Chevy Chase, Md.: I'd appreciate it if you would describe the current relationship between President Al-Bashir and President Bush. I understand that Khartoum joined the American "War on Terror" even in the midst of the Sudanese government's continued Islamic oppression on the Southern Christians and animists. Now that several years have passed since Al-Bashir's committment to fighting terrorism and the recent declaration of genocide by President Bush, what is that status of relations between these two leaders and/or governments?
Many thanks for the work you do on behalf of HRW!
Jemera Rone: President Bush and Sudanese President Omar El Bashir have never met, to our knowledge. Nor should the Sudanese president be granted an interview with any diplomat representing the U.S. -- aside from the contacts already made -- until the situation in Darfur (western Sudan) is totally resolved, the north-south peace agreement settling that 20-year war is fully implemented, emergency laws and restrictive practices have been abandoned, and victims are compensated.
The Sudanese government is highly desireous of good relations with the U.S. In this particular case, unilateral sanctions have been very successful. The U.S. has made it a crime for any U.S. citizen (including corporations) to do business with Sudan's government or any of its corporations--by Executive Order of Pres. Clinton in 1997, renewed yearly since. The U.S. has a veto in IMF and World Bank and other financial institutions which it exercises against the Sudanese government.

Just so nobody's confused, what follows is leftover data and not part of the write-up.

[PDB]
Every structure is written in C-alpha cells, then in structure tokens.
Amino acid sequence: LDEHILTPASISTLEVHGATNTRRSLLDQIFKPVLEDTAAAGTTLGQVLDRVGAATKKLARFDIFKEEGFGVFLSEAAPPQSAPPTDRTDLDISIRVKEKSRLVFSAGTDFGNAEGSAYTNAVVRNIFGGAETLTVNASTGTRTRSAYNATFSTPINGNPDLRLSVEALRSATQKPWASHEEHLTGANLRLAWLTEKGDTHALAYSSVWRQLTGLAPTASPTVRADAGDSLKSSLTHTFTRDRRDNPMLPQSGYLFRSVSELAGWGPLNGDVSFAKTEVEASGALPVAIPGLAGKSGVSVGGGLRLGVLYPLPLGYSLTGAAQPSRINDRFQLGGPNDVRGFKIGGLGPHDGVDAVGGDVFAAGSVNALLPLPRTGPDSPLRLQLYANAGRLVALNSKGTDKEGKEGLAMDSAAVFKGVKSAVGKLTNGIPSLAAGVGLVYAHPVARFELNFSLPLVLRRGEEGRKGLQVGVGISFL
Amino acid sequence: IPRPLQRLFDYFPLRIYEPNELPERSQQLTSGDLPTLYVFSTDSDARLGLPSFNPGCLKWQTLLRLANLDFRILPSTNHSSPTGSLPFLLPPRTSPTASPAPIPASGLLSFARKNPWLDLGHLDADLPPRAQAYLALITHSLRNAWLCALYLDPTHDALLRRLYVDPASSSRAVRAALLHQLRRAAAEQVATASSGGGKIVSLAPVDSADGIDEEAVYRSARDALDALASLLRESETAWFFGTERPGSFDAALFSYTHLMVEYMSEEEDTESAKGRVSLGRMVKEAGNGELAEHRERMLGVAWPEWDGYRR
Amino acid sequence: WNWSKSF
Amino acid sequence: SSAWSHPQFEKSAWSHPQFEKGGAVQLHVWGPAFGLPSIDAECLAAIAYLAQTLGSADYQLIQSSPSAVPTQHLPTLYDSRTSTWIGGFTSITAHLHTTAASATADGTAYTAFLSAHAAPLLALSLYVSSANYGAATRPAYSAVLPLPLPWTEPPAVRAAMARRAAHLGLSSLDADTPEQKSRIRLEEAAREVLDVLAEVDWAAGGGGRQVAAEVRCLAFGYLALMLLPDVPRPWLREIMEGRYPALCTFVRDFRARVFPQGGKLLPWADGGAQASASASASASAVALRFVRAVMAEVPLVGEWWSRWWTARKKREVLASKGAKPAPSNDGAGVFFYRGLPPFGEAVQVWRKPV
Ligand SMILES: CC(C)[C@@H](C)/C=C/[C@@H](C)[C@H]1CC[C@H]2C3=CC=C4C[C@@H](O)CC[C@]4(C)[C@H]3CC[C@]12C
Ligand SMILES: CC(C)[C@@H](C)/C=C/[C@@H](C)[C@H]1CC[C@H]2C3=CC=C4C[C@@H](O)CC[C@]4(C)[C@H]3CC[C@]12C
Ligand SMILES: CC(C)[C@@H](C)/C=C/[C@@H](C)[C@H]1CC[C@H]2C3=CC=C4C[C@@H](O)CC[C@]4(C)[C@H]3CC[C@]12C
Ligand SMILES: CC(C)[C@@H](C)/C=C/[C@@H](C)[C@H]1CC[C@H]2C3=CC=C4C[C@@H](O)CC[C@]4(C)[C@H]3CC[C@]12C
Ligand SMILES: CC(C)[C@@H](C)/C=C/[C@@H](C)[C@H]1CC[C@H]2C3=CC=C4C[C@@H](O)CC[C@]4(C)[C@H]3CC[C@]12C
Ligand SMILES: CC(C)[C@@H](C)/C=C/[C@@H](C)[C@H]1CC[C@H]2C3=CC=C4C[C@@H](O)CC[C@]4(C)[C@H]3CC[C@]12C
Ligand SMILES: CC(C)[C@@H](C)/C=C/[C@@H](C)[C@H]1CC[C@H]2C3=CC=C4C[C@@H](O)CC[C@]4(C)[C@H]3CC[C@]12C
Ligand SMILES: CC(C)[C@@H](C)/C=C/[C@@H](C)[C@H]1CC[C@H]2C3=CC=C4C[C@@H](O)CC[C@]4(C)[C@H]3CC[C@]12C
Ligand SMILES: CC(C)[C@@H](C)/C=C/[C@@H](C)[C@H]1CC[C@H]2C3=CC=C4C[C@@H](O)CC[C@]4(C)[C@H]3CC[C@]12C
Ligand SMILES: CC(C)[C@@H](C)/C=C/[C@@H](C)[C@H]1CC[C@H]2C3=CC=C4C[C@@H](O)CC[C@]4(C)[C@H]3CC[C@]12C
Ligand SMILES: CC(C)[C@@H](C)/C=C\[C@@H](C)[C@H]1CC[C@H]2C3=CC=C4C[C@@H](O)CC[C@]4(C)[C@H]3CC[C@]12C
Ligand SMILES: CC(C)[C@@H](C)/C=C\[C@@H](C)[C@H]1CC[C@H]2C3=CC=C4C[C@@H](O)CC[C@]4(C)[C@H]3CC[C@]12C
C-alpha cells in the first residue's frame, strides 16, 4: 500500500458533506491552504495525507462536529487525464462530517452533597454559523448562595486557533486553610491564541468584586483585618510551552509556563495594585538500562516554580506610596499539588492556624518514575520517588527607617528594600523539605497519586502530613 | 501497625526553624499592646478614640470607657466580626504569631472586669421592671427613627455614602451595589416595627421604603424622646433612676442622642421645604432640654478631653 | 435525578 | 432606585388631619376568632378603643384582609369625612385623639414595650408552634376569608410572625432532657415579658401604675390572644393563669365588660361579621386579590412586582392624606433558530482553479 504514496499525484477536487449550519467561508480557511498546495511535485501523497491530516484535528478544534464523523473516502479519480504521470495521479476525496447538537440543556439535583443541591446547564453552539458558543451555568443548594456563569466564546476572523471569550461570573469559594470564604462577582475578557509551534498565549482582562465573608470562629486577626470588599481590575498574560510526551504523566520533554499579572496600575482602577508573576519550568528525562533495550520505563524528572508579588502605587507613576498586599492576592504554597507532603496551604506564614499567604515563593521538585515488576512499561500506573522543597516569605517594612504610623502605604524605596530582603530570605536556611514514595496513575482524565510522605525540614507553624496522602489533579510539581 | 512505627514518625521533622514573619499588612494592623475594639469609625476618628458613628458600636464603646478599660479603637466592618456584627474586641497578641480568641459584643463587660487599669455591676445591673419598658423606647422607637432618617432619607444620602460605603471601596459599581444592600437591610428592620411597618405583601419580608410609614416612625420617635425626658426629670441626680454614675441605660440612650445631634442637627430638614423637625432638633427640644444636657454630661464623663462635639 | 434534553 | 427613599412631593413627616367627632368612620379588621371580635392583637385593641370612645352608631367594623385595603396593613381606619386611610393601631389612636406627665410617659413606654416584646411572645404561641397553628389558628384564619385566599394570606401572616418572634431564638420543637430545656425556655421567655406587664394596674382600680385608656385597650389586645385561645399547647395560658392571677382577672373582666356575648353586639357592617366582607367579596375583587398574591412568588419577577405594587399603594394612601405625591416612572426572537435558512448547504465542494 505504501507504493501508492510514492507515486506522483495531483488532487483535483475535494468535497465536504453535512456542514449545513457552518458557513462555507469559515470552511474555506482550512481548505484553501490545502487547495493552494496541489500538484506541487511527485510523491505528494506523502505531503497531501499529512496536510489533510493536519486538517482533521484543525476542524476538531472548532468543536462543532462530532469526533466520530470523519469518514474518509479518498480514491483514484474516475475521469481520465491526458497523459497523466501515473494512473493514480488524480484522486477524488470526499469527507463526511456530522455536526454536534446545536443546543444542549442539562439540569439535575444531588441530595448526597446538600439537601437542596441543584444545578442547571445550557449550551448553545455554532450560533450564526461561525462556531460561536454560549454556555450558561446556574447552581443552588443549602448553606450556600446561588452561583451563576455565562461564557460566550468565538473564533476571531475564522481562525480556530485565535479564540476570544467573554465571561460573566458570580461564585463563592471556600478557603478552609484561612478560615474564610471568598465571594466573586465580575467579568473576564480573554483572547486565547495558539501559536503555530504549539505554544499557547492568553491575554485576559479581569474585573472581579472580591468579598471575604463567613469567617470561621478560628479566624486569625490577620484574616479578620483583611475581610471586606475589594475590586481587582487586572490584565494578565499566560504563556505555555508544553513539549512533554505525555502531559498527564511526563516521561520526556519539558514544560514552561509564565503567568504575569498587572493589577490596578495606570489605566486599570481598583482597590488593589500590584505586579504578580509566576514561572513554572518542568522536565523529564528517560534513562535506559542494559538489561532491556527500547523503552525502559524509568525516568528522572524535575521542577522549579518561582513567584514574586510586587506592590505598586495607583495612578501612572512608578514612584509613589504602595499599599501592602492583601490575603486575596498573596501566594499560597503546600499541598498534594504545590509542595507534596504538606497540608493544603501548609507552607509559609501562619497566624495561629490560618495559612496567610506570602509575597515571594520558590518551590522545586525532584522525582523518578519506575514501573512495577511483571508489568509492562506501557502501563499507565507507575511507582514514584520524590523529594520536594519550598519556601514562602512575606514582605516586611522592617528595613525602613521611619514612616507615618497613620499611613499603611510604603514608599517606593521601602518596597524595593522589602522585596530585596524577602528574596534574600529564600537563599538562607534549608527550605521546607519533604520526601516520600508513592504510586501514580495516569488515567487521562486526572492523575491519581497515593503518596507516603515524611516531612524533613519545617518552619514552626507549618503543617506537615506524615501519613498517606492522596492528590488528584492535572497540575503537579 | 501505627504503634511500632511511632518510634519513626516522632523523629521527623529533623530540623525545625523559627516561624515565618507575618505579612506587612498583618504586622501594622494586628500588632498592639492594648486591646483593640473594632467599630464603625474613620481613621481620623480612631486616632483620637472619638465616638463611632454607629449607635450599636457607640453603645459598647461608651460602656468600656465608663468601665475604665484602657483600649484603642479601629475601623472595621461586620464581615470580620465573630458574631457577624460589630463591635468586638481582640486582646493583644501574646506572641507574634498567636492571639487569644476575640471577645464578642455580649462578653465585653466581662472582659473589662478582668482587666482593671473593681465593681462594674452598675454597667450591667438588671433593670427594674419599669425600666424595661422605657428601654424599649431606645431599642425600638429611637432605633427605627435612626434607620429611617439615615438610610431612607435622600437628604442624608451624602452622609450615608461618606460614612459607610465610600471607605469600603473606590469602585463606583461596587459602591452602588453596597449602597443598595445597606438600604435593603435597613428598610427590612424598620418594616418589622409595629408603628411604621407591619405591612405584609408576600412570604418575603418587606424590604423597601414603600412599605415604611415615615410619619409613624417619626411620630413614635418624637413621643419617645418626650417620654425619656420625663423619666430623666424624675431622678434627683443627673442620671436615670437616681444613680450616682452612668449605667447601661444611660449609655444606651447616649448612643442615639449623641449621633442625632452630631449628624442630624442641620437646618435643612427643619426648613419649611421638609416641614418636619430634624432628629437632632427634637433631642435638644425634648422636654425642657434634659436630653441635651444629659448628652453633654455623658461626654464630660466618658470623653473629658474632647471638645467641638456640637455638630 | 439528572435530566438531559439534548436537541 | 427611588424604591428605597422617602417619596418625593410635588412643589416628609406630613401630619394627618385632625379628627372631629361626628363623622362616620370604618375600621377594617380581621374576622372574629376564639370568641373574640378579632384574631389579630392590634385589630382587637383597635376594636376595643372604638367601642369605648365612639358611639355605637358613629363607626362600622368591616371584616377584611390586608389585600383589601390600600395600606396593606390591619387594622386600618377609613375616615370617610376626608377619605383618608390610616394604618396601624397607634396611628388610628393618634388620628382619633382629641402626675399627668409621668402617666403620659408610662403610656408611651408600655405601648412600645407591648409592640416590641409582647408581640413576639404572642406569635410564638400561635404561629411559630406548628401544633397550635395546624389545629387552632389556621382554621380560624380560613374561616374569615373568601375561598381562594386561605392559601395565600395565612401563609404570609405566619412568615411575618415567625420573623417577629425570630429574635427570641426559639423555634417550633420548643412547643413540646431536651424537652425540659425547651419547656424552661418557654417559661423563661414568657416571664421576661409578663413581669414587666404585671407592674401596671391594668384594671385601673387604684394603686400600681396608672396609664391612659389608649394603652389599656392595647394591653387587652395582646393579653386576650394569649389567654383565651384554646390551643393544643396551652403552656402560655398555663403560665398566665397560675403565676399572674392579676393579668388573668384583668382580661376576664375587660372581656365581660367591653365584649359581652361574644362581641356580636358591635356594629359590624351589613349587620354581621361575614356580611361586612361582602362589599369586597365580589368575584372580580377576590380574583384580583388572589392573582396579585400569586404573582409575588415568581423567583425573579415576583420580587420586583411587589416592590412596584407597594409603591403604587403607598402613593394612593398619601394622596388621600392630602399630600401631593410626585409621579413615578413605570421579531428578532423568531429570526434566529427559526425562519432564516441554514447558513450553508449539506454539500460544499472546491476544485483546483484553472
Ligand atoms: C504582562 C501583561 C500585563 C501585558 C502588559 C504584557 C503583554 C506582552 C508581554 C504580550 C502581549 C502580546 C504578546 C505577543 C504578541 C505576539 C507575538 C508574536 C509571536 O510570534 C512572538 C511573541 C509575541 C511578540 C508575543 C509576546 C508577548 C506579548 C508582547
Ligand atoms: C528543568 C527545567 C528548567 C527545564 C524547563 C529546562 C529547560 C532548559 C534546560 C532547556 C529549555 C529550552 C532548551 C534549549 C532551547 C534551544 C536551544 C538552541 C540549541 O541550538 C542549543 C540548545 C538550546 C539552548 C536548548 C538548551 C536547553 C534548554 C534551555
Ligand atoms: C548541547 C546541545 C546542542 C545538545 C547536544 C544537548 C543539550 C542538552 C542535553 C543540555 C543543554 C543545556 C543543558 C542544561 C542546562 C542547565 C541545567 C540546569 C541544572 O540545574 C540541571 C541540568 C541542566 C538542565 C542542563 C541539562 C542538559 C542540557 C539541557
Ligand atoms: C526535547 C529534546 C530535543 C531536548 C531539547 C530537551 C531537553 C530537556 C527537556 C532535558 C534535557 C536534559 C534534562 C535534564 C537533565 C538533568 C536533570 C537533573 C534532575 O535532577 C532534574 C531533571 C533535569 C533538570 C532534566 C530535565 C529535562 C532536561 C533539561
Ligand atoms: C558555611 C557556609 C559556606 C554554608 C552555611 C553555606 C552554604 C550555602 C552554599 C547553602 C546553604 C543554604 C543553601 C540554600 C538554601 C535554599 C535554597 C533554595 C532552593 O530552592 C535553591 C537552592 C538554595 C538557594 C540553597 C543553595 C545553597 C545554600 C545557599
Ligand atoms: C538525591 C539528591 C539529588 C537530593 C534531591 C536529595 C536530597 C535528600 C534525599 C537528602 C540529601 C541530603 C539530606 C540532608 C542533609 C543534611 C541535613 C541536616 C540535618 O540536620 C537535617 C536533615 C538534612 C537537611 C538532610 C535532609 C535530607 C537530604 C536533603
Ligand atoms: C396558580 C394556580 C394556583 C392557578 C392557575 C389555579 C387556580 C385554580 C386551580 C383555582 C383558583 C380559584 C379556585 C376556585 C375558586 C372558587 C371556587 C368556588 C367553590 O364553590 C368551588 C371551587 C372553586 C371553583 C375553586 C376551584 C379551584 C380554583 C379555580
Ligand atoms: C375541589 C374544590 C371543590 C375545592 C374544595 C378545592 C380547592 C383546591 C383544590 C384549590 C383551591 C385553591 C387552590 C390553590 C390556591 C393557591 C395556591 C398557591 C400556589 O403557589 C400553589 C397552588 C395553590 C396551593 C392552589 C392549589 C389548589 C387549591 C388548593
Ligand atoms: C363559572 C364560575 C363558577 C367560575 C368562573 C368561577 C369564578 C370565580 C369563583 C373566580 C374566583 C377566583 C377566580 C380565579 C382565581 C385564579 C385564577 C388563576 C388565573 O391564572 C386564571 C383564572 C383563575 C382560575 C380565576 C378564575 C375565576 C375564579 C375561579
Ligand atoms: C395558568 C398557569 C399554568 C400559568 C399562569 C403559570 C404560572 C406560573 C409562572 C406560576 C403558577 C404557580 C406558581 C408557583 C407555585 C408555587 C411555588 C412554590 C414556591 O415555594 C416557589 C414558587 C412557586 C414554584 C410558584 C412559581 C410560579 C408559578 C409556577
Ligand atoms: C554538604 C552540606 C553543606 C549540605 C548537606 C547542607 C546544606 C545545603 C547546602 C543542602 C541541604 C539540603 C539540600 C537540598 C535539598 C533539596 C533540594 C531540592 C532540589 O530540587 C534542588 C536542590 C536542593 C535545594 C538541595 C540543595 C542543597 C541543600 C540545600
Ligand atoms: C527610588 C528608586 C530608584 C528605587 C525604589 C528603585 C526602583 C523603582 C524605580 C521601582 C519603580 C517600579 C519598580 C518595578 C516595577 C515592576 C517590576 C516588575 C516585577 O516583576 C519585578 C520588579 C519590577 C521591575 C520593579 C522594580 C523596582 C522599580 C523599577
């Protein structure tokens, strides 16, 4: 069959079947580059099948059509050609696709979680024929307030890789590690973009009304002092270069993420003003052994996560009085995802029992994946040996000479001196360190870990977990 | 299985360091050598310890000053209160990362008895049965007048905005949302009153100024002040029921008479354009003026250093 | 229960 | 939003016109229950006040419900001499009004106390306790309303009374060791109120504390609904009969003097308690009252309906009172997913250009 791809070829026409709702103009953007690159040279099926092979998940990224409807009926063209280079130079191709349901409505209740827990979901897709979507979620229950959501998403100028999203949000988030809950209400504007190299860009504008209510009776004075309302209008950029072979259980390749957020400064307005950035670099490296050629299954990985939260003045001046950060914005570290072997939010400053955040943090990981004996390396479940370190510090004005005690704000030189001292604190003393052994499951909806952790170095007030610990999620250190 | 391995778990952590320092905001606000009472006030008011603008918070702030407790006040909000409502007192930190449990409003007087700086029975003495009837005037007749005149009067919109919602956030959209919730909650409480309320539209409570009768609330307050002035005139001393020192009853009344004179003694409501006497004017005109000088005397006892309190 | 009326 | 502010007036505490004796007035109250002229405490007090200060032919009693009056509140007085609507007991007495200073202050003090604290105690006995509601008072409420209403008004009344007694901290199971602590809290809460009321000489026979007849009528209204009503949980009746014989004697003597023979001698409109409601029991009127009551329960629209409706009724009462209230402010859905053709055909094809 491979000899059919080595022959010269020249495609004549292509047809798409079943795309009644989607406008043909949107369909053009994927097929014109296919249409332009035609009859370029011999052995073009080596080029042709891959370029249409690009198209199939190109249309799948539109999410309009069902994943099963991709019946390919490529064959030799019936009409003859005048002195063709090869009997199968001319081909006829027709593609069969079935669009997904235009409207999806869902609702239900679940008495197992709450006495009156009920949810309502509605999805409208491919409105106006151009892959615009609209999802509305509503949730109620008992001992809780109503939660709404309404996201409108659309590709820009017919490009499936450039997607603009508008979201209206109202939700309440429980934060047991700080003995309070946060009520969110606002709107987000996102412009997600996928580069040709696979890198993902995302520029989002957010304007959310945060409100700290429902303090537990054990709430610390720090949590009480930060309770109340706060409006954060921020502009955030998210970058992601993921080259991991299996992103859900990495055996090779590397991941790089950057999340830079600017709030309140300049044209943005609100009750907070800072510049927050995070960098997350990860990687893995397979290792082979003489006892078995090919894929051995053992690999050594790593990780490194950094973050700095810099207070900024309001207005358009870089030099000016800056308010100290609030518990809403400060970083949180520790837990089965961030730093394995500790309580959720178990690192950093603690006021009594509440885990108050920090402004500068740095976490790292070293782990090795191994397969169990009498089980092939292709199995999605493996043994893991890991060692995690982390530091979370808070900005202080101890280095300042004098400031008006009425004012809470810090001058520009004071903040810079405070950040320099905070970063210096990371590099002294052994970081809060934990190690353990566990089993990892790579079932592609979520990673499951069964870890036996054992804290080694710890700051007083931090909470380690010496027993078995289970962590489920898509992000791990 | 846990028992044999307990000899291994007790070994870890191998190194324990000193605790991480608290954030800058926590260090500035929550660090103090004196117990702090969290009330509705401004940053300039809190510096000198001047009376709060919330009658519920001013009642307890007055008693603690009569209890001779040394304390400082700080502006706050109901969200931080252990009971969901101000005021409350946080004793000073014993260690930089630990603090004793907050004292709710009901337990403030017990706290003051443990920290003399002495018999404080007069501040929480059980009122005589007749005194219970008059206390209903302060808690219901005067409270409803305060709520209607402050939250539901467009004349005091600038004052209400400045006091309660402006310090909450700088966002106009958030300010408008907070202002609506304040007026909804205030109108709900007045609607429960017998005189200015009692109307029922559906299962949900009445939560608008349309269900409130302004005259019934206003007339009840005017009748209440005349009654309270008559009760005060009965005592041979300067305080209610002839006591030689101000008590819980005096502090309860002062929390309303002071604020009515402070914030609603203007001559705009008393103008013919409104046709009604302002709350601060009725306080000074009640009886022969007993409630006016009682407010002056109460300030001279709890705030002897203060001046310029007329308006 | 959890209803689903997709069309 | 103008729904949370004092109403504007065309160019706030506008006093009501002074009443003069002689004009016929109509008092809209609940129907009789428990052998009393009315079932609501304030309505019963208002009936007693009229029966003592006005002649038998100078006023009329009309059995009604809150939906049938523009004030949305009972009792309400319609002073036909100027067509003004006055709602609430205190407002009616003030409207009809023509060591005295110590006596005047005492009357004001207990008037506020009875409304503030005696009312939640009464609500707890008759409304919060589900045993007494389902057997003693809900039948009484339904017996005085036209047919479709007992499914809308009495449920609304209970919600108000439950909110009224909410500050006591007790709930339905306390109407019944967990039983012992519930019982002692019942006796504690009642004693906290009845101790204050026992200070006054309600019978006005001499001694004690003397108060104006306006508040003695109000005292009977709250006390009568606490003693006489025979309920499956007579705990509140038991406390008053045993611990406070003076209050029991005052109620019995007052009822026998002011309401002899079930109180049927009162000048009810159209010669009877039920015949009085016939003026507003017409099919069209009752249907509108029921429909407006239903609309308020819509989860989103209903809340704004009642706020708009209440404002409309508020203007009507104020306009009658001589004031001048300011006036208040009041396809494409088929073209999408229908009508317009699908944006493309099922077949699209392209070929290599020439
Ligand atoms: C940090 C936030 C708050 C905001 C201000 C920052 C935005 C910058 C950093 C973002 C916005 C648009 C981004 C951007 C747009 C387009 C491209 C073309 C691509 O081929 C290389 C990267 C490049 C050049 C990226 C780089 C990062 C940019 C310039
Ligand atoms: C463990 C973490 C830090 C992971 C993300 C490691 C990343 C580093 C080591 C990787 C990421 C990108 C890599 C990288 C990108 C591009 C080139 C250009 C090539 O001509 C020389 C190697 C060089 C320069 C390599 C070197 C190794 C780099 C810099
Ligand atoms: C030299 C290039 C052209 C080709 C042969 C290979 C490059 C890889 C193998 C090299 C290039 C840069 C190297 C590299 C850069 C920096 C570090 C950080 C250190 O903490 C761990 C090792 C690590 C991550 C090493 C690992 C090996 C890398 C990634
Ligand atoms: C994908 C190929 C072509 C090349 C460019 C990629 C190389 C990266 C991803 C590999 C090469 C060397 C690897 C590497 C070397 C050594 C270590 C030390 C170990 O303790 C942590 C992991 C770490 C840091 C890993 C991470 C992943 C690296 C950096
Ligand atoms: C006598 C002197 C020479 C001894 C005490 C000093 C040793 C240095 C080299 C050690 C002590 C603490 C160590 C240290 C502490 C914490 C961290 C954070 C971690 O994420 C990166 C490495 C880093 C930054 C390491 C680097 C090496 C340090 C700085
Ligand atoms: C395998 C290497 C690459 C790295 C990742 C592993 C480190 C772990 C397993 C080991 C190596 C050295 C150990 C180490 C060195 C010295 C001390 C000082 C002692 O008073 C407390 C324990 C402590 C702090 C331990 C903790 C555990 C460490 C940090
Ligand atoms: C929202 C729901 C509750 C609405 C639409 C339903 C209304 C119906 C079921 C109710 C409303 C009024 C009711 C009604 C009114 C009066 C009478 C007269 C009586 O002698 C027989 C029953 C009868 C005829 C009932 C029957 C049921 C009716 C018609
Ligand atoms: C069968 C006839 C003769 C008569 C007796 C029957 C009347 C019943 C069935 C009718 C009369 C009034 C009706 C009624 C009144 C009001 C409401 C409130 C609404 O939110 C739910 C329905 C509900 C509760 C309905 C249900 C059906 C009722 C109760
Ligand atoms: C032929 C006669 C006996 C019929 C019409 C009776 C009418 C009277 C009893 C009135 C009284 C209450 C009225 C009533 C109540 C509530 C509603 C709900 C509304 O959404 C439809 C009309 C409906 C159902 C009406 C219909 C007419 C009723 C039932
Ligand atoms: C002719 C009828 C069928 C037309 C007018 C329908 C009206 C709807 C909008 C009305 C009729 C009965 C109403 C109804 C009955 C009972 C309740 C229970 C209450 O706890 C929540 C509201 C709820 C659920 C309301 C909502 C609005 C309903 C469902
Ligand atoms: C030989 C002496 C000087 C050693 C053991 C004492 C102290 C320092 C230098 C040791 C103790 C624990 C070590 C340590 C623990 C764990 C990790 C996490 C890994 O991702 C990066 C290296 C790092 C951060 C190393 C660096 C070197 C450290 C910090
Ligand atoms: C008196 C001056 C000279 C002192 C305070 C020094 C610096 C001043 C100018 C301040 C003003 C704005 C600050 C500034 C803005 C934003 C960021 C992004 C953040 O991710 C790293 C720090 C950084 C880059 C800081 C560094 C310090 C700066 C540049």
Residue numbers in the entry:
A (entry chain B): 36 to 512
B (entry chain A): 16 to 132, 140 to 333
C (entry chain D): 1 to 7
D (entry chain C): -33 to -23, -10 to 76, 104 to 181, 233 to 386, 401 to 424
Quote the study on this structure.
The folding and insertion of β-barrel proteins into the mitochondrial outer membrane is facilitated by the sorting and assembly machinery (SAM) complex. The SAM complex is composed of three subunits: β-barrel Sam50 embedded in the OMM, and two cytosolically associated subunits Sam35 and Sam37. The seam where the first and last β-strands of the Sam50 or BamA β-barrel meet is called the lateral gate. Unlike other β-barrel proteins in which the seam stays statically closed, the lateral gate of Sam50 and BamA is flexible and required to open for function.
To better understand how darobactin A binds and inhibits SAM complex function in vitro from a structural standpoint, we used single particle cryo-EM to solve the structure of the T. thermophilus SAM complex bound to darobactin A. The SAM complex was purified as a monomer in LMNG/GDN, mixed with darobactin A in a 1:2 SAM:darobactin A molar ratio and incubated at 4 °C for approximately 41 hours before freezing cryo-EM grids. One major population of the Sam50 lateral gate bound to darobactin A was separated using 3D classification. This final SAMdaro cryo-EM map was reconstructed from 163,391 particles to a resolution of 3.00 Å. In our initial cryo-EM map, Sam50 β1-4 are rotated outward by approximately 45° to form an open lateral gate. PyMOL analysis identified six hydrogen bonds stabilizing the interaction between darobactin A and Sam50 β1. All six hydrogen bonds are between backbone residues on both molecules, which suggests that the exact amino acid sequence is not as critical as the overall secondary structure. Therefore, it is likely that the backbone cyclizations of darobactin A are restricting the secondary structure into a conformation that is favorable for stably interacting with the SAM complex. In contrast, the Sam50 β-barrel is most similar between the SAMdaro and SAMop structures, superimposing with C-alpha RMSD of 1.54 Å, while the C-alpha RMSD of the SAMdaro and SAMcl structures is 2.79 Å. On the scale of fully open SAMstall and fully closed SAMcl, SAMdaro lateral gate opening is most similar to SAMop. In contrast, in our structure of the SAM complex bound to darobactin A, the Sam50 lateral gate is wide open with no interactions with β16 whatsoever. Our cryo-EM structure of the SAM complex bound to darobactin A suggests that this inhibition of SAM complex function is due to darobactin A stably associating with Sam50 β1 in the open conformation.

The Sudanese government, which came to power via military coup in 1989 and has had several "one party" elections since then, wants international respectability, to be treated by the U.S. as just another country with which it has trading relations. Although the U.S.' historical ties with Sudan are not deep, the U.S. is currently so dominant internationally from a political and financial point of view that its opposition has a critical impact on countries such as Sudan.
The U.S. government--every time we at Human Rights Watch ask about interest in oil development and counterterrorism--insists that there are three things the Sudanese have to do before normal relations are reinstated:
1) cooperate on antiterrorism.